FORT LEAVENWORTH, Kan. -- Roughly 186 years after the Black Cavalry unit, now known as the Buffalo Soldiers, were first formed at Fort Leavenworth, the installation welcomed its first African American commanding general.
The great-grandson of a World War I veteran, Lt. Gen. Milford Beagle Jr. took command of the U.S. Army Combined Arms Center and Fort Leavenworth from Lt. Gen. Theodore Martin, who retired after almost 40 years of service.
During the ceremony, Training and Doctrine Command Commanding General Gen. Gary Brito addressed the achievements of Martin and Beagle, wishing them well in their transitions. He underscored each leader’s role in CAC’s mission to train and develop leaders for the future of the Army.
Brito said Martin took command in a COVID environment with three clear orders: take care of people, drive change and develop leaders to build the Army of 2030.
“Make no mistake that Ted Martin and his leadership of the CAC team has already been driving change throughout training, leader development and education programs at all levels inside the Centers of Excellence, all 10 of them and more,” Brito said.
He credited Martin with creating initiatives including career-long life assessments across all ranks and centers, the modernization of professional military education, the implementation of distributed learning still in use and modernization overall.
“Our Army continues to get better because of the lessons we learn, the lessons we captured under tense leadership of a diverse and complex mission to include some of the operations in Ukraine today. We continue to capture those lessons, feed them into the combat readiness of our Army and make it better,” Brito said.
“As many of you know, if we do not stay up with the adversary, if we do not offer the overmatch that we need in our Army, if we do not develop the leaders that we need for our Army modernization, we will always be behind. We are not — we're ahead of (our adversaries) because of Ted's steadfast leadership, preparing your Army across the broad spectrum of future challenges — some known and some unknown.”
During his remarks, Martin thanked special guests and friends for their attendance and explained how it was difficult to give up command as he listed colleagues who influenced his time at CAC.
“I'm just telling you, when you work for awesome leaders — leaders of character — it’s easy to do any mission that they give you.”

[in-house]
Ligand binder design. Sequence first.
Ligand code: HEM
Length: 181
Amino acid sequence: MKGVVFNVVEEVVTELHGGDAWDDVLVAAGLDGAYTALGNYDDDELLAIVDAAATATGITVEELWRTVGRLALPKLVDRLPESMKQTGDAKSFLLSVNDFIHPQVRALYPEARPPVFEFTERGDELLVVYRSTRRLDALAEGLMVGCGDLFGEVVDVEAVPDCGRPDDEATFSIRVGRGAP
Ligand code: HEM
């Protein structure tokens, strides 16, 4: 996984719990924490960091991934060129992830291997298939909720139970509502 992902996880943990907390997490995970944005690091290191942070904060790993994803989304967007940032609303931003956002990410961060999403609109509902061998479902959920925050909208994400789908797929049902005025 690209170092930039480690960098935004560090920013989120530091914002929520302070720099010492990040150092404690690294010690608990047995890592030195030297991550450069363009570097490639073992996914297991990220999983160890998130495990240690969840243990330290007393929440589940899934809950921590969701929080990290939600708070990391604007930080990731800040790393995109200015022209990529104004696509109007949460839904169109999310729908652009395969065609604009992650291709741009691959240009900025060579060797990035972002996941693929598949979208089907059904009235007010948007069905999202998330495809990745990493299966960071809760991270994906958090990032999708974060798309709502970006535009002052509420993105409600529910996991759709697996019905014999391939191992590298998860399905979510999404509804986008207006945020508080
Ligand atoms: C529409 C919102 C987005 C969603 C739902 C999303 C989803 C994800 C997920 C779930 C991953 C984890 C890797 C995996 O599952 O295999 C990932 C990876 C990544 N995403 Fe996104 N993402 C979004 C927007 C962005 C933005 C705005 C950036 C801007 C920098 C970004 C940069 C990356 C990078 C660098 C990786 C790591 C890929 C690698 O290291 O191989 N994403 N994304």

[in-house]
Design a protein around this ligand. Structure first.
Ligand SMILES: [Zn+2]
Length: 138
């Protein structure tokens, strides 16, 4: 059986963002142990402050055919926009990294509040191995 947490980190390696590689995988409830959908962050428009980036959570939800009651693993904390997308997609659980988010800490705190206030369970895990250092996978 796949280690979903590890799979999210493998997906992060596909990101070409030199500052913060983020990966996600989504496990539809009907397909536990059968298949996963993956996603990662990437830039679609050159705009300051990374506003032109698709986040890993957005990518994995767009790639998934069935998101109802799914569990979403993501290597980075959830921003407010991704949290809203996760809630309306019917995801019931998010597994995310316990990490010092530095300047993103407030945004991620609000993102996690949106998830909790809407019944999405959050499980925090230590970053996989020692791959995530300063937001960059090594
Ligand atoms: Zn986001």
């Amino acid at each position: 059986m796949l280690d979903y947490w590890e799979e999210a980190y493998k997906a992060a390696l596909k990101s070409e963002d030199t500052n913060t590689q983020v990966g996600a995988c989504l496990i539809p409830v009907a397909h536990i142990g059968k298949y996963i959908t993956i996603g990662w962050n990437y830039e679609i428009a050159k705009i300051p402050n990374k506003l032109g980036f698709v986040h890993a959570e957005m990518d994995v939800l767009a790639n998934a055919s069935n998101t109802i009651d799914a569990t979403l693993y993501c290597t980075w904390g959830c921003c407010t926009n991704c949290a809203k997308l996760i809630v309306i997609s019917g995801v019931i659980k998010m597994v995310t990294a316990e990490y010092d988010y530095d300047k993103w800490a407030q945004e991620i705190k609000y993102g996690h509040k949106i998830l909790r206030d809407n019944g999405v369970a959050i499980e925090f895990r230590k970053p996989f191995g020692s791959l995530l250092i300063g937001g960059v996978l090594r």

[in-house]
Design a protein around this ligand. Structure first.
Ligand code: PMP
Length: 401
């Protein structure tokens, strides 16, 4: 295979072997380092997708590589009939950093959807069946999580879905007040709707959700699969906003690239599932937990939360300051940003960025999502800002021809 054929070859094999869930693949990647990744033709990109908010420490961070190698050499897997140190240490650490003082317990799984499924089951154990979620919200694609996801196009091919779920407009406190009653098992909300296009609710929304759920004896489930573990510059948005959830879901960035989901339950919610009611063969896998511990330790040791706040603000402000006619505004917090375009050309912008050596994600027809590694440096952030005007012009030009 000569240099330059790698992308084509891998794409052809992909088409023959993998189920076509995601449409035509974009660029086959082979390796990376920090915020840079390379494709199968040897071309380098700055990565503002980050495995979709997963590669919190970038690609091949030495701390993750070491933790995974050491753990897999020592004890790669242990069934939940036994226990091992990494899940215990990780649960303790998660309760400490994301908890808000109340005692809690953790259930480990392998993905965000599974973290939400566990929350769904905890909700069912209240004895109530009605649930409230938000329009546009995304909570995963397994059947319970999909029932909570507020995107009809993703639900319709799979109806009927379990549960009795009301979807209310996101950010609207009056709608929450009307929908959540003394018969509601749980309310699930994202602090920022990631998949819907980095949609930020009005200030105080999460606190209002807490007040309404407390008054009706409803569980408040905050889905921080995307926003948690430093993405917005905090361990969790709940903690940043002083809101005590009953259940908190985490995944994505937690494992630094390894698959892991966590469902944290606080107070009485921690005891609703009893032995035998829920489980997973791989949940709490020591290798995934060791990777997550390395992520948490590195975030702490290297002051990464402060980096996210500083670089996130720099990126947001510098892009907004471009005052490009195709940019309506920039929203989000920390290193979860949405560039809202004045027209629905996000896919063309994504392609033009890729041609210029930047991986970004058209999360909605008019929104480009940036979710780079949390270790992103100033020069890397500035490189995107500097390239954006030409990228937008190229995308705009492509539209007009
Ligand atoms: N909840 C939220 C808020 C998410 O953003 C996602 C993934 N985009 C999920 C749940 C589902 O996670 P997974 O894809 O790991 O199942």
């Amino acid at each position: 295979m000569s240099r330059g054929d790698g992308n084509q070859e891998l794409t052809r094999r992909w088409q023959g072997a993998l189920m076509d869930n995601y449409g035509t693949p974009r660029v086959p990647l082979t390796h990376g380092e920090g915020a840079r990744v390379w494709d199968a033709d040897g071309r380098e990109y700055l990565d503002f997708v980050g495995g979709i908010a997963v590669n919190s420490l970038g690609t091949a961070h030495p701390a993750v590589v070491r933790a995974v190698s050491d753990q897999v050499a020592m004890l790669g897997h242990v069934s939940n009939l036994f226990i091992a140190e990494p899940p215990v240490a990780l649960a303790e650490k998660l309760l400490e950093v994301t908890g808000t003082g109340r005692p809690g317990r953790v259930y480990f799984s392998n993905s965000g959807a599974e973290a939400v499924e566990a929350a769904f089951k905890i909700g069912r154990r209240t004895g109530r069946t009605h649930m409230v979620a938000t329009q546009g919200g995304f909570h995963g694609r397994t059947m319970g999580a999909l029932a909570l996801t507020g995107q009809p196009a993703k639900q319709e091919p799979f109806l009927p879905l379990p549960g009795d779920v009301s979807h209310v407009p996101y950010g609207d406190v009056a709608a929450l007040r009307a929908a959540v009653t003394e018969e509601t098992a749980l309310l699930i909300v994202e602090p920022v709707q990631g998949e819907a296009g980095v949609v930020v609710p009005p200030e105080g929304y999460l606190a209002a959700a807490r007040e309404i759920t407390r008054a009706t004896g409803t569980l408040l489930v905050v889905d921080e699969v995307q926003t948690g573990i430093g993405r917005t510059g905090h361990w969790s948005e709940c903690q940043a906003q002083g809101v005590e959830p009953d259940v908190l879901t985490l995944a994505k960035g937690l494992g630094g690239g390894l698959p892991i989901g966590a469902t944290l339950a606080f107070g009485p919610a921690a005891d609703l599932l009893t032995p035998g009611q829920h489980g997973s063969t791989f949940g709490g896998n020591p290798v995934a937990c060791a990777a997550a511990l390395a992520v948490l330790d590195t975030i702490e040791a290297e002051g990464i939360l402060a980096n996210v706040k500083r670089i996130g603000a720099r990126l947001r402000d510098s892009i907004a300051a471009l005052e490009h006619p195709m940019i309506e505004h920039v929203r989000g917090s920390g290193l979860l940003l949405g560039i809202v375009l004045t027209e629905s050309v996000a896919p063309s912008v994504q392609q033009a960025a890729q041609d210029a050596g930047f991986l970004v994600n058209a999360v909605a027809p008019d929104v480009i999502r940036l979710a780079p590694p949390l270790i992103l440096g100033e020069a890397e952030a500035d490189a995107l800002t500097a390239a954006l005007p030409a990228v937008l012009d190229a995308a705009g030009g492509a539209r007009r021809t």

Martin praised his team at CAC for their commitment and work alongside him.
“I had a team of champions, and I'll be forever in your debt with the hard work and dedicated efforts you’ve given, not just to me here at the Combined Arms Center, but for your Army.”
Martin welcomed Beagle and his family back to Fort Leavenworth and noted that he’s seen Beagle’s drive for readiness during past conflicts.
Brito also welcomed Beagle and his family back to CAC.
“There was no one, no one better to assume the responsibilities of CAC and Fort Leavenworth and by extension, all the work that Centers of Excellence will do from coast to coast. Your experiences, ‘Beags,’ in both the operational and generating forces, make you exactly the type of leader and command team to continue this momentum,” Brito said. “I have every confidence, and I know that both (you and wife Pamela) will bring the same energy and focus on soldiers and families here at CAC and over the course of all of your assignments, just as you've always done. We are thrilled to have you back on the TRADOC team.”
During his remarks, Beagle thanked his family, friends and guests attending the ceremony. He congratulated Martin on his career and said he appreciated his professionalism in the transition.
“If you ever ask someone if they are where they thought they would be in their life and they tell you ‘yes,’ tell them to show you the roadmap. Because if anybody asked me if I would ever be the commander of the Combined Arms Center and Fort Leavenworth, my answer would have been an unequivocal ‘no,’ and there are many people that would have agreed with me — but nonetheless, I'm here,” Beagle said.
He described Fort Leavenworth as a driver of change for decades in facets from critical thinking to diversification.
“To say that it is an honor and a privilege to command this installation and (CAC) is an understatement,” Beagle said.
He said the Army is at an inflection point at which all action is fundamentally different, but that is where CAC does its best work. He underscored the importance of thinking through complex problems and thanked those in attendance for their commitment.
“Here at Fort Leavenworth we have many, many great minds, but we have one goal: to drive change. With this change we will win our nation's wars, which is what we are expected to do. Nobody will ever ask us, ‘Were we ready?’. That's what our nation expects, and that's what we will deliver; we will deliver on that promise.”
To read more about Beagle’s career, visit https://usacac.army.mil/sites/default/files/documents/bios/LTGBeagleBIOFinal.pdf